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The meaning and origin of the expression: Hush puppies

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Hush puppies

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Meaning

A type of suede shoes. Also, in the USA, a form of corn-bread fritter.

Origin

Hush Puppies in the culinary sense are balls of fried seasoned cornbread. They have been popular in the southern states of the USA, often eaten with fried fish, and possibly known since the 18th century. The first reference to the term in print come quite late, but that's not entirely surprising as few people would have had any reason to write the name down.

In Dialect Notes, 1918: "Hushpuppy, a sort of bread prepared very quickly and without salt."

By 1947 the US magazine This Week had printed what amounts to a basic recipe: "What's a hush puppy? You mean you don't know that Southern fried bread like a miniature corn pone - but glorified? It's made of the white cornmeal of the South, smooth and fine as face powder."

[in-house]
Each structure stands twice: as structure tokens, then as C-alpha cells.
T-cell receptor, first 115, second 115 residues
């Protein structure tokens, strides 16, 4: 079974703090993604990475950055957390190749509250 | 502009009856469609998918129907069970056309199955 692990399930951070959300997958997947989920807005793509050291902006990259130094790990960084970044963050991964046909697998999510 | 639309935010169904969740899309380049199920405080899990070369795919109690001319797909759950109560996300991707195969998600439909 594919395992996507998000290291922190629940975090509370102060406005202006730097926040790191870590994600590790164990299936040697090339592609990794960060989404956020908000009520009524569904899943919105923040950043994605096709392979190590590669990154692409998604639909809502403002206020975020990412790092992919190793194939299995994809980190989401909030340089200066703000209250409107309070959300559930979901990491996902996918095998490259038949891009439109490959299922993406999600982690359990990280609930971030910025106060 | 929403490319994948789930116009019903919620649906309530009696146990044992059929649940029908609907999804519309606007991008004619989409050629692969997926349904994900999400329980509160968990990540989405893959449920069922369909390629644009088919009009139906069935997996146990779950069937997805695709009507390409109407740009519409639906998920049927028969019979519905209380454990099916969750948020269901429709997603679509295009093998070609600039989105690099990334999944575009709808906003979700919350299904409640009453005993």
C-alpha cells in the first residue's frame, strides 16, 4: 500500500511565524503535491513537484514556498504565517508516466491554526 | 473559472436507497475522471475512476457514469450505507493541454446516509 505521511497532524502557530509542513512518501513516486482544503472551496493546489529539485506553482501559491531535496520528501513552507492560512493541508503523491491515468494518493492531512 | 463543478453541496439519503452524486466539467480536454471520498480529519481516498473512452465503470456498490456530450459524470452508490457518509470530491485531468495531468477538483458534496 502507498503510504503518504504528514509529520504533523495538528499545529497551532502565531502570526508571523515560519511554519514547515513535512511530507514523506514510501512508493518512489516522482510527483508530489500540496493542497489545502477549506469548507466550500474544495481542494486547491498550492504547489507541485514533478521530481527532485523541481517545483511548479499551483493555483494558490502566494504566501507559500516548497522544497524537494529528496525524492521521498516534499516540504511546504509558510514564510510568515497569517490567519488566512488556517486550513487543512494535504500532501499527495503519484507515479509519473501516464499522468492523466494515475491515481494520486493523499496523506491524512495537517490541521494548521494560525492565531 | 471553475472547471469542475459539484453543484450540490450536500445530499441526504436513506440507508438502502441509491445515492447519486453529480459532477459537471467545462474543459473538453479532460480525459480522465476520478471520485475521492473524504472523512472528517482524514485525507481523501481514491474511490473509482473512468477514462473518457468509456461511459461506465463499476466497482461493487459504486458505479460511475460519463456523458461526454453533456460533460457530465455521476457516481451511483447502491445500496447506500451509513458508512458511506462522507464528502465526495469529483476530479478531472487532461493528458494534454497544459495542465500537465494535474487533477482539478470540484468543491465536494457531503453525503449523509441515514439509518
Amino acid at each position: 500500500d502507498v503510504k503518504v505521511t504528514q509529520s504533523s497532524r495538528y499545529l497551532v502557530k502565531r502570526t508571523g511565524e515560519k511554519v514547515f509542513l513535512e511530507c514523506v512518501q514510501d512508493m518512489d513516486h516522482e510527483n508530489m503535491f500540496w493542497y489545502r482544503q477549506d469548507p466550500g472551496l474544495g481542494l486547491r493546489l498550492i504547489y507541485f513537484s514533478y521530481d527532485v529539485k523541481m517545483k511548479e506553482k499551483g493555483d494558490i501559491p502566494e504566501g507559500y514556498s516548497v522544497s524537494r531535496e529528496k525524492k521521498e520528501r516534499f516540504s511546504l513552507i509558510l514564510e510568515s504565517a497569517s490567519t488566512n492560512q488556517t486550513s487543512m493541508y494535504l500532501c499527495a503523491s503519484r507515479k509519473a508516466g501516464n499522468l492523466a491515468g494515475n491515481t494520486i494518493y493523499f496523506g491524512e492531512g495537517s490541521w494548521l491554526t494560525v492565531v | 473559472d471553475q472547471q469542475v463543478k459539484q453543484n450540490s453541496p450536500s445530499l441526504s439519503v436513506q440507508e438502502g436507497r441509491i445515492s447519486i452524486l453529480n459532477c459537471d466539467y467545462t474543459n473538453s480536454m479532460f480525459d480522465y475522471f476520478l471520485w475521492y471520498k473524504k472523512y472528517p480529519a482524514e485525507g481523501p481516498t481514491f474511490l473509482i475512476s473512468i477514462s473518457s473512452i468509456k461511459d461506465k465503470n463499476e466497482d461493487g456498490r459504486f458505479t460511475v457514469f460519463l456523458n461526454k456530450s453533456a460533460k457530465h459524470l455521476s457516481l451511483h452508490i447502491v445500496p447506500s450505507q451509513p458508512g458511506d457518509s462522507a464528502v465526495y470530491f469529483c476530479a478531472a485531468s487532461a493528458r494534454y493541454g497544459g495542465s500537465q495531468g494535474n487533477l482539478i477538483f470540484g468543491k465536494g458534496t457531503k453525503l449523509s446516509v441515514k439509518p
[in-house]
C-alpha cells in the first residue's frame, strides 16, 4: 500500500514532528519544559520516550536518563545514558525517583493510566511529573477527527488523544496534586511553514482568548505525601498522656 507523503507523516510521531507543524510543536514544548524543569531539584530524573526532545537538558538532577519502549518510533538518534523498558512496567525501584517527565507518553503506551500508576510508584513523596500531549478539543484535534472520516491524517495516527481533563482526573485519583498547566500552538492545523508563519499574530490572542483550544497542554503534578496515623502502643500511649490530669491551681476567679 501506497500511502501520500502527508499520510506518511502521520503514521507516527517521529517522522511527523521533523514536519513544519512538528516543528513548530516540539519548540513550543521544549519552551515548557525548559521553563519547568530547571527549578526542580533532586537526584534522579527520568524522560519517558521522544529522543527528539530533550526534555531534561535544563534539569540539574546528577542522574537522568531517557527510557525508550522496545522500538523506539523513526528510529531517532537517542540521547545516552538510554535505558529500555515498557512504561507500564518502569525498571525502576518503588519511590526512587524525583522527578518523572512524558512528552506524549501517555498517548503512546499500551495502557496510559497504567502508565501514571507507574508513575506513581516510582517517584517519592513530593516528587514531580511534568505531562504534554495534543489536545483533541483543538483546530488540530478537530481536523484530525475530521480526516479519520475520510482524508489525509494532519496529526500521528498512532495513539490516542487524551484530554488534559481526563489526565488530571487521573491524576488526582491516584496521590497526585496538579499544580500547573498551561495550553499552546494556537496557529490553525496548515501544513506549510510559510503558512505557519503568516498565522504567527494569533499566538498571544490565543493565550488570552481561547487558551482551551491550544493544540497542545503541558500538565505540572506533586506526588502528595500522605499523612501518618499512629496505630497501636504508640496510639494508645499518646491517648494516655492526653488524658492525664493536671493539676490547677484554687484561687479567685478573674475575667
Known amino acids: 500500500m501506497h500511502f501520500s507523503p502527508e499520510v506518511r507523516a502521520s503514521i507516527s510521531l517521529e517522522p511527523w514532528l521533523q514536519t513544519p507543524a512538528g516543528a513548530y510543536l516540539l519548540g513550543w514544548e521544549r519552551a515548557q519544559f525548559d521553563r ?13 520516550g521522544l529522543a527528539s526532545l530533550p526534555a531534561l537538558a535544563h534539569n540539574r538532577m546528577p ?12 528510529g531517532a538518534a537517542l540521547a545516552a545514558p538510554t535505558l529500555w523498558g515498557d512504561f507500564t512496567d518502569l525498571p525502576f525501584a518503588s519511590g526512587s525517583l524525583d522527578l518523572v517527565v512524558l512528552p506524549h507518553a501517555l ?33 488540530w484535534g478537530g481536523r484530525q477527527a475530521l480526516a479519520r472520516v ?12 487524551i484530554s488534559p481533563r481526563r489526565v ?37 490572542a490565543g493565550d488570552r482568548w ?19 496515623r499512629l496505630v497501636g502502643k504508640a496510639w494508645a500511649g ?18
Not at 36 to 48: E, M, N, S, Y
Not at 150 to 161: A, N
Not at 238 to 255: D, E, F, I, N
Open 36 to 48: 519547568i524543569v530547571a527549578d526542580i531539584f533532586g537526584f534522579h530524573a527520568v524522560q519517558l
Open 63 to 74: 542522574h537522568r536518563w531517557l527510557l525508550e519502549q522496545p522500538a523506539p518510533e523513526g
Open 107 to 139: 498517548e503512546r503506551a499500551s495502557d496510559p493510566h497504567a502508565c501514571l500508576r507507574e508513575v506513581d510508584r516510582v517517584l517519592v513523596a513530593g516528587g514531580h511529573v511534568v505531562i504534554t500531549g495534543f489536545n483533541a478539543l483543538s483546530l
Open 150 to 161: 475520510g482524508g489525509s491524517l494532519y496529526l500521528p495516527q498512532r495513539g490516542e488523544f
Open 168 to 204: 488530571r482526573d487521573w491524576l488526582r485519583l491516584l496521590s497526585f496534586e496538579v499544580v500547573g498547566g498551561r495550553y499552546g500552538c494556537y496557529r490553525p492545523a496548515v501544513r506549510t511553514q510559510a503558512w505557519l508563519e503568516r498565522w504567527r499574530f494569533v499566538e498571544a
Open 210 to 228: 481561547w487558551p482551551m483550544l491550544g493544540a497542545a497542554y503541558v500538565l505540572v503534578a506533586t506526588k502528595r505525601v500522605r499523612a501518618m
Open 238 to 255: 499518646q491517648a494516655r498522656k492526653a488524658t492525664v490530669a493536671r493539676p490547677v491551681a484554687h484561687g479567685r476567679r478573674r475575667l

There are many stories about the origin of the term. None of these come complete with any supporting evidence so, unlike the early hushpuppies themselves, have to be taken with a pinch of salt. Two of the most commonly repeated stories are:

If Confederate soldiers detected Yankee soldiers approaching, they would quieten their barking dogs by throwing them the fried cornmeal balls.

In the southern USA, salamanders were called "water dogs" or "water puppies". These were eaten as part of poor people's diet - deep-fried with cornmeal. They were given the name hush puppies as eating such humble food wasn't something people wanted to discuss.

hush-puppiesHush Puppy shoes were produced by the US shoe company Wolverine World Wide from 1958 onward. The company had developed a method of tanning pigskin and were looking for an outlet for the soft pigskin suede. It is reported that the name was coined by Jim Muir, the company's Sales Manager. He noticed that a friend's dogs were quietened by giving them corn hush puppies and, knowing that aching feet were called barking dogs, thought that 'Hush Puppies' would be a good name for the shoes. The 'barking dogs' phrase was well-known in the USA by 1958, so the story is plausible at least, although I can only report it here as hearsay.

The shoes were heavily marketed from 1958, as this example from the Oakland Tribune that year shows.

Ironically, the shoes themselves have crepe soles that often squeak loudly on hard flooring.